Red Bull has the highest market share of all energy drinks. In one year alone, the brand has sold over 7.9 billion worldwide, which is no small feat.
Despite all the medical reports and scientific journal articles published about the negative side effects of drinking Red Bull, it remains one of the most popular energy drinks in the market.
It’s been proven that Red Bull can be really bad for you, but it’s still flying off the shelves by the hundreds.
So what’s the deal, are people generally in denial of the cold hard facts, or do they prefer to be kept in the dark, because “ignorance is bliss”?
Today we will be answering the question of “Is Red Bull Bad For You?”
Short answer, yes. Long answer, maybe. Because just like most energy drinks, Red Bull won’t land you a visit to the E.R. with just one can, but two or three cans a day, every day for months and months, and you might as well book a ticket to kingdom come.
You may be one of the very few people who are looking to wise-up on this matter, whether you’re a first timer, or a seasoned aficionado, you may stand to learn a few things about Red Bull and why I think it’s bad for you.
But first, let’s take a look what’s inside a can of Red Bull.
What’s Inside a Can of Red Bull
Red Bull contains caffeine, added sugars, some supplements and some vitamins. Among other things.
So if you want to skim the ingredients and nutrition facts of Red Bull, I made a list and a table for you!
Red Bull’s Ingredients
I’ve written an article on Red Bull Ingredients if you’re interested to know the full breakdown of all of Red Bull’s content and what exactly you’re putting into your body when you drink an entire can.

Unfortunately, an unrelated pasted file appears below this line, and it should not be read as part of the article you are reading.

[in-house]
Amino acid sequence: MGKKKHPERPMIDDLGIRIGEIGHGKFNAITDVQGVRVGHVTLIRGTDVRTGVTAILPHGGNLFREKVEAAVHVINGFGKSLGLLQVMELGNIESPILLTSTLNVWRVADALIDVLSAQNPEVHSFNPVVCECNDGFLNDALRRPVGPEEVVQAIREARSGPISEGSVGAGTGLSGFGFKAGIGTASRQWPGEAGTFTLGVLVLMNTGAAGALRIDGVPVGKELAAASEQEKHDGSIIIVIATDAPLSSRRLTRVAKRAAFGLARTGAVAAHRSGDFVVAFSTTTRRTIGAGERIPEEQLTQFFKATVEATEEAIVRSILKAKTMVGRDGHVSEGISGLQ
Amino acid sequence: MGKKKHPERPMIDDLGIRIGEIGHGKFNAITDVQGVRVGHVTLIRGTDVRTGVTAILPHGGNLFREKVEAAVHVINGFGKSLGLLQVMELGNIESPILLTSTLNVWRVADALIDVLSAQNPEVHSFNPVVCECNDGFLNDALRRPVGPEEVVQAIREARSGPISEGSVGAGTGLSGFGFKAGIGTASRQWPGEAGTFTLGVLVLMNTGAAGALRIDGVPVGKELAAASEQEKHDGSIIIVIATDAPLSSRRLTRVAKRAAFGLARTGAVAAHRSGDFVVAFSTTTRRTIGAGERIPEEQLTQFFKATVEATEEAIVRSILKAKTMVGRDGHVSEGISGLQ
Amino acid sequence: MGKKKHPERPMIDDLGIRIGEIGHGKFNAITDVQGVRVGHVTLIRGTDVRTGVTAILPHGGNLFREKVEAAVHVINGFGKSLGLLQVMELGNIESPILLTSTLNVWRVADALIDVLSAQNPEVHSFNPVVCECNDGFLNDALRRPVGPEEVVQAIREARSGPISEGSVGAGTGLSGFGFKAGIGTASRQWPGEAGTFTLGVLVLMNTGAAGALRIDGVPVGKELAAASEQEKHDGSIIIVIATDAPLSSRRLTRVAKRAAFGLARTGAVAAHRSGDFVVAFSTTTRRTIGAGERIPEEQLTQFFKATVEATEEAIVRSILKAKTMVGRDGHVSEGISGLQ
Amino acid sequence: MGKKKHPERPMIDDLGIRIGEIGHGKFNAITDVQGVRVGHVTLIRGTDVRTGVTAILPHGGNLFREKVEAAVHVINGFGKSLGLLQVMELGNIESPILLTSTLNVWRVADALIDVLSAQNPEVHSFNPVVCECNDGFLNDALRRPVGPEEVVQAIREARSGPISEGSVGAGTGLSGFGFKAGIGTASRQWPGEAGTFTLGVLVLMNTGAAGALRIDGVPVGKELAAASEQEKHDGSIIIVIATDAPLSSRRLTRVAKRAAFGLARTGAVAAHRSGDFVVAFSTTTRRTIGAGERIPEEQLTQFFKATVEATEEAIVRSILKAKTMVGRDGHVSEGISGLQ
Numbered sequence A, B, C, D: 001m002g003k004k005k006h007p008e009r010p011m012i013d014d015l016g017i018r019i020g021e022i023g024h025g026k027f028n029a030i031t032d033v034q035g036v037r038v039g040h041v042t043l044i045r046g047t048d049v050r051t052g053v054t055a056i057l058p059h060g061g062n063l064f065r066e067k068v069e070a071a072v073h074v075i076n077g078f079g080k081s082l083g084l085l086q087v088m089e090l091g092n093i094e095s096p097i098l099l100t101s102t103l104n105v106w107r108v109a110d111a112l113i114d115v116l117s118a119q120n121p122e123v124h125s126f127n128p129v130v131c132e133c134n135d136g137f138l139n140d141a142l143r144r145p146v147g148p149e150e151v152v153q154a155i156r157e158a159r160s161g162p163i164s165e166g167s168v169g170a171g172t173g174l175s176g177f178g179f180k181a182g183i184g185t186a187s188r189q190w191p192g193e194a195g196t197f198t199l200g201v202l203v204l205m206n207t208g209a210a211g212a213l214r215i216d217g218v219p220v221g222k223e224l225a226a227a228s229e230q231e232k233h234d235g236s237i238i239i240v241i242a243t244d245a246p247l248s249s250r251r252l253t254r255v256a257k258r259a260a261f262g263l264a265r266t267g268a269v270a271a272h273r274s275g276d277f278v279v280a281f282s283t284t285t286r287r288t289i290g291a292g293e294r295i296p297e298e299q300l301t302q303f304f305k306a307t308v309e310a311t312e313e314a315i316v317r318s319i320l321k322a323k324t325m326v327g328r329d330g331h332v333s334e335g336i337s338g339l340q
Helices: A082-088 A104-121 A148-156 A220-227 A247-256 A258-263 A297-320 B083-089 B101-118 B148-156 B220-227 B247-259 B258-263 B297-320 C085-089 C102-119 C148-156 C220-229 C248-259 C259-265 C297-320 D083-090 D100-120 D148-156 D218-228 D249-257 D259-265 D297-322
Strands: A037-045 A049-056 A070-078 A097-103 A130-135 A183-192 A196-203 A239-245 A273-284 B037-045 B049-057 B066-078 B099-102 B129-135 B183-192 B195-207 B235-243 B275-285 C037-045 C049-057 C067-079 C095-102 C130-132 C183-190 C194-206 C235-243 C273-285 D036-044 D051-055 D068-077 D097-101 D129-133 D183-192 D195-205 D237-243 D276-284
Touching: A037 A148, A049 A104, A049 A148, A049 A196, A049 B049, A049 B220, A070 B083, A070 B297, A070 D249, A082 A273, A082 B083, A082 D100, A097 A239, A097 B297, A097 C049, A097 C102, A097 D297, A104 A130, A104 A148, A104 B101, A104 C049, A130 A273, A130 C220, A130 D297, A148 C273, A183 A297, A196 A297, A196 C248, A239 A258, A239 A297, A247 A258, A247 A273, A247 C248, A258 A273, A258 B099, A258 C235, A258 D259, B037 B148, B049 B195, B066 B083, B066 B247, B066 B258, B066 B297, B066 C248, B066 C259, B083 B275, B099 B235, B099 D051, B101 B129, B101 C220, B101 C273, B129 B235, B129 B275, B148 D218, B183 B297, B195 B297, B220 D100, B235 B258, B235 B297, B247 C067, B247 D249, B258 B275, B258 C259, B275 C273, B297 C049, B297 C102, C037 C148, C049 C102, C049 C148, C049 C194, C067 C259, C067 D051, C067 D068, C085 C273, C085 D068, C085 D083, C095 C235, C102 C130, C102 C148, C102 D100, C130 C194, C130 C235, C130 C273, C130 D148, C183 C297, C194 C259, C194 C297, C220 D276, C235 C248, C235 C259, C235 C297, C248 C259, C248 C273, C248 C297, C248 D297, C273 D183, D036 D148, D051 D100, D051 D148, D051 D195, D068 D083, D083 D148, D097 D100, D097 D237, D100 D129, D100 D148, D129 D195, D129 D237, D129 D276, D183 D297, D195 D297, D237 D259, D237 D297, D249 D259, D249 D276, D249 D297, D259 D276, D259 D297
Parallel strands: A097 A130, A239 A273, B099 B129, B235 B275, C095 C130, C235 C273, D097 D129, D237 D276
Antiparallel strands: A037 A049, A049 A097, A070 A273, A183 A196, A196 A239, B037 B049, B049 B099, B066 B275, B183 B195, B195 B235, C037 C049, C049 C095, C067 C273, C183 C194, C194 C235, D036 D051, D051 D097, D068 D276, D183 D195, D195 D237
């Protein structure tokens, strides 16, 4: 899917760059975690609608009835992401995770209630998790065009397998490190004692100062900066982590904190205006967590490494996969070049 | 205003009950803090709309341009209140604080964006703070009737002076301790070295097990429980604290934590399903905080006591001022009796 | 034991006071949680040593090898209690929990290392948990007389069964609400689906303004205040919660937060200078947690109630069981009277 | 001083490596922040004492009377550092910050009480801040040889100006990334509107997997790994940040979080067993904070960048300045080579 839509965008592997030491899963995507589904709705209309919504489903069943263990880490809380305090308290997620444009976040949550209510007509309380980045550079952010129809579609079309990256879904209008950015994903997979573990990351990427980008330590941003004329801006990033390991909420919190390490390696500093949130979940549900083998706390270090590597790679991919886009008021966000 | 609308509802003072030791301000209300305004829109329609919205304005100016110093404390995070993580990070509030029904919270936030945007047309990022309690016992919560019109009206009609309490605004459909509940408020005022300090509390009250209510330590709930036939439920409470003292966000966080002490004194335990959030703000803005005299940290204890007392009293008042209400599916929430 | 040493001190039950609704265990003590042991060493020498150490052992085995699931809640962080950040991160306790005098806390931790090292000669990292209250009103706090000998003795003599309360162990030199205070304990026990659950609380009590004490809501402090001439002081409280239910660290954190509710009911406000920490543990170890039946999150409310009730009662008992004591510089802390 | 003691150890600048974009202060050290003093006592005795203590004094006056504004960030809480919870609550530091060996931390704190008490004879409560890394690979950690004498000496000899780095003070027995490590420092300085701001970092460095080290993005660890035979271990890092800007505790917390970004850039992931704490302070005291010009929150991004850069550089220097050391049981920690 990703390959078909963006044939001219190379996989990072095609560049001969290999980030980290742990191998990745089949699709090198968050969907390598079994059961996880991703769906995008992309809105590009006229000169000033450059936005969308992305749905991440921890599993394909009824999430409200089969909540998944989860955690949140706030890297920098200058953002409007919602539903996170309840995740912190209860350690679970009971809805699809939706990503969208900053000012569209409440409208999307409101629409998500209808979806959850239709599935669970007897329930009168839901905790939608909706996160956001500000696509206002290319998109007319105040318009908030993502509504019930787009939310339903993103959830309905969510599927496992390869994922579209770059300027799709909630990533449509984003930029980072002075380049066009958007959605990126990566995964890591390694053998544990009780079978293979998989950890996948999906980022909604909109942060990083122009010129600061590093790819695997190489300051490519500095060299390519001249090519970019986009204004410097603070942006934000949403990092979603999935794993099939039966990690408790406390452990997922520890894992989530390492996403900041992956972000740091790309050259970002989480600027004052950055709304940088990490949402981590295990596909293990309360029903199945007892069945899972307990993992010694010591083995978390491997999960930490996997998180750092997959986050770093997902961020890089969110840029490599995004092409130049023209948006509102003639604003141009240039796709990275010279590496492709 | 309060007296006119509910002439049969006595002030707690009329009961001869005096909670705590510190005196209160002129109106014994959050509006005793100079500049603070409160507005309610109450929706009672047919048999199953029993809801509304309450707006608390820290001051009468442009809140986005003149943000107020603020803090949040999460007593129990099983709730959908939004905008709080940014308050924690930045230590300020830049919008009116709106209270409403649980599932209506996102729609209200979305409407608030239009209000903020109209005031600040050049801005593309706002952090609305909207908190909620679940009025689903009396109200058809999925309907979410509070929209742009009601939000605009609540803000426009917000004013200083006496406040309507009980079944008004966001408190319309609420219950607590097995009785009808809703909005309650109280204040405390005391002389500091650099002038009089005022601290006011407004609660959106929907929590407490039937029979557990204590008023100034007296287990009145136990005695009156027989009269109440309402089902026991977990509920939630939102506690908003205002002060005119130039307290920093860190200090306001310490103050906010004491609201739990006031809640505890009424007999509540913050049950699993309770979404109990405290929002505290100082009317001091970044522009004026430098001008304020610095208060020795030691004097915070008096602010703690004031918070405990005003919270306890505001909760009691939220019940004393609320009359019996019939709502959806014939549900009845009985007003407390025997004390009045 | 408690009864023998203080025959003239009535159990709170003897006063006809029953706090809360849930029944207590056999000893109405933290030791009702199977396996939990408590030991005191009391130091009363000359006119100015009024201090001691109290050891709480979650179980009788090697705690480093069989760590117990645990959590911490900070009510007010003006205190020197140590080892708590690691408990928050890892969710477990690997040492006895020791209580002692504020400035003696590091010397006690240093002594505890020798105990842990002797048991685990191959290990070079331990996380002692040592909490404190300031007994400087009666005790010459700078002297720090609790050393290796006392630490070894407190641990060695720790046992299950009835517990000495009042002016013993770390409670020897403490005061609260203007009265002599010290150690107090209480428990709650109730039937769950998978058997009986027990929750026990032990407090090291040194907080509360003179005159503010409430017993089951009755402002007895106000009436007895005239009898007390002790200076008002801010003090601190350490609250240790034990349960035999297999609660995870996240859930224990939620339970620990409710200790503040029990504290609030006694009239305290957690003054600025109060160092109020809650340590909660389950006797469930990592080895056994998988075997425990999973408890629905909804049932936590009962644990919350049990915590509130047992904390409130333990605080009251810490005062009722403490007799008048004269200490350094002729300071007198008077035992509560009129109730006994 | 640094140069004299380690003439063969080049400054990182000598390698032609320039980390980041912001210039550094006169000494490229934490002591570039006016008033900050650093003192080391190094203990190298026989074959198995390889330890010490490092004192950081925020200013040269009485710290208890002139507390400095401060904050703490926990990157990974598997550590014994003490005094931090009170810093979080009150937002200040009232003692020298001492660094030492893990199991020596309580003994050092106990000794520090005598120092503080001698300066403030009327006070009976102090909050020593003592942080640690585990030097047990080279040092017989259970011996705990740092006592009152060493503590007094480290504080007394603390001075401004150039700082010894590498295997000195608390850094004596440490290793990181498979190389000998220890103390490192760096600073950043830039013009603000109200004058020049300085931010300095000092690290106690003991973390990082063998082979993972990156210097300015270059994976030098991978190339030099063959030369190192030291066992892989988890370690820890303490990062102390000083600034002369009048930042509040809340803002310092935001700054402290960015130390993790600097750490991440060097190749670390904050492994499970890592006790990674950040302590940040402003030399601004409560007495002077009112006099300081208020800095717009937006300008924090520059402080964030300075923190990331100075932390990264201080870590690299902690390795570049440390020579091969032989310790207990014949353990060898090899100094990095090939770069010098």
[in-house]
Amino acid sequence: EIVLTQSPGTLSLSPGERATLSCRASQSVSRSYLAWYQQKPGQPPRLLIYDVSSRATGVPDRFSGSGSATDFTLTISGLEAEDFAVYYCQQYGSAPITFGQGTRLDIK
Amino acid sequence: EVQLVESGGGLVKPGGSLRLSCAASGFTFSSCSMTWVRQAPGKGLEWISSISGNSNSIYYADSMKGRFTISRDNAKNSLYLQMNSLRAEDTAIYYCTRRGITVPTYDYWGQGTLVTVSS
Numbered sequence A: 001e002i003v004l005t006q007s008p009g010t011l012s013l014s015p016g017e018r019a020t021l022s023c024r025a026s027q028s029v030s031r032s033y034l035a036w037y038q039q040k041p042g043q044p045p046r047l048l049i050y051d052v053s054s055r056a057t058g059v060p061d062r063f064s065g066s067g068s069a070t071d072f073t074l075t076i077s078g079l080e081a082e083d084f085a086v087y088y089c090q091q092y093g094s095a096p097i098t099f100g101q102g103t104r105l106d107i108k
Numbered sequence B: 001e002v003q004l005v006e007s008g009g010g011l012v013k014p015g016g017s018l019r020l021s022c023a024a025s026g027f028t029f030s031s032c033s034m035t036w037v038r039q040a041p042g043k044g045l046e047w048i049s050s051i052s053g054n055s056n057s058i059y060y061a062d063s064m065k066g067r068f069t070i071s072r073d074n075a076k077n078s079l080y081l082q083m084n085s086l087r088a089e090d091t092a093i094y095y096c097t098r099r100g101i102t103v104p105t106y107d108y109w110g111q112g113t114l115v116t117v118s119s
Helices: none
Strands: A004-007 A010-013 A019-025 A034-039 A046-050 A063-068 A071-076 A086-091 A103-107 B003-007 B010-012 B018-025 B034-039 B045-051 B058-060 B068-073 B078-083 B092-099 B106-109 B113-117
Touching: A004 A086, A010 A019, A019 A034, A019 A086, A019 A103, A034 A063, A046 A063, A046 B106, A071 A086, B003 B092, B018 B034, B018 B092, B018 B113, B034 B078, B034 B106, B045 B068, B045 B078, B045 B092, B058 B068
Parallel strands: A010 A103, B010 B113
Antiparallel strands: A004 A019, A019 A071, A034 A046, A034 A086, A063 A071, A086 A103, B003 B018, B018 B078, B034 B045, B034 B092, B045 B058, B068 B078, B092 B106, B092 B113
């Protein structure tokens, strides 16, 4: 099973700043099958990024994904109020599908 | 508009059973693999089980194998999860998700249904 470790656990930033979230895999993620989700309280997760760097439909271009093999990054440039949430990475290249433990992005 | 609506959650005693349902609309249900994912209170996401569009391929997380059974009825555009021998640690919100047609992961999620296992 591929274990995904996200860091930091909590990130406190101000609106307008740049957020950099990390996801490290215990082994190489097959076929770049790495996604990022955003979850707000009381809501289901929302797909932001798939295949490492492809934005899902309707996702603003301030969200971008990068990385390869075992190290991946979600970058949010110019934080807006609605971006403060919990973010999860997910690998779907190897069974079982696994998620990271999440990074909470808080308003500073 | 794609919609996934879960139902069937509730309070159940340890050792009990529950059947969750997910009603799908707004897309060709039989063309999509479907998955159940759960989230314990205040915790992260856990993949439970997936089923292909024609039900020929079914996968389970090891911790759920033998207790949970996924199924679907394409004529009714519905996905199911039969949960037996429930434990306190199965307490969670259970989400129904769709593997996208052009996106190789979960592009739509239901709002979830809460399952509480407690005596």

An 8.4 fl.oz can of Red Bull contains:
- Carbonated Water
- Citric Acid
- Sodium Bicarbonate
- Magnesium Carbonate
- Calcium Pantothenate
- Pyridoxine HCl
- Vitamin B12
- Natural and artificial flavors
Red Bull’s Nutrition Facts
The following table presents the full list of nutrition facts from Red Bull’s nutrition label. I’ve also written an article about Red Bull Nutrition Facts if you want to know more about that.
|Typical Values||Red Bull|
|Protein||Less than 1g|
Red Bull Pros and Cons
Before I go full ham on Red Bull and reveal all its dark, forbidden secrets, I will give credit where credit is due and talk about Red Bull’s benefits as well, and not just its disadvantages and dangers.
Red Bull Pros
The benefits of Red Bull includes:
- Boosting energy
- Enhancing alertness
- Enhancing memory
- Increasing reaction time
- Improving mood
Red Bull Cons
The dangers of Red Bull when taken in excess include:
- Increasing blood pressure
- Increasing risk of type 2 diabetes
- caffeine overdose
- damaging your teeth
These dangers, or side effects, are what we will be talking about in the following sections so buckle up, it’s gonna be messy.
What Makes an Energy Drink Healthy?
Healthy energy drinks are rare, but they’re out there.
There are several criteria that would make an energy drink qualify as healthy. Healthline recommends you to look for brands that fulfill the following criteria if you want a healthier option:
- 0 grams of added sugar
- no artificial sweeteners or colors
- less than 200 mg of caffeine per serving
Most energy drinks have a ton of sugar, much more than soda. Some energy drinks also add artificial colors and sweeteners, these artificial sweeteners may not give you the adverse effects that sugar does to your body but it also has its fair share of negative side effects.
What Makes an Energy Drink Bad for You?
Energy drinks may energize you, but the some negative effects will happen if you don’t drink responsibly. I’ll further explain it as you keep reading.
Too Much Caffeine
Mayo Clinic advised to only take 400mg each day for healthy adults. However, the recommended intake differs for various age groups. For example, adolescents should take no more than 100mg per day and pregnant women should limit themselves to 200mg per day.
If ever that you take high amounts of caffeine, you’ll have symptoms like:
- increased thirst
- chest pain
- irregular or fast heartbeat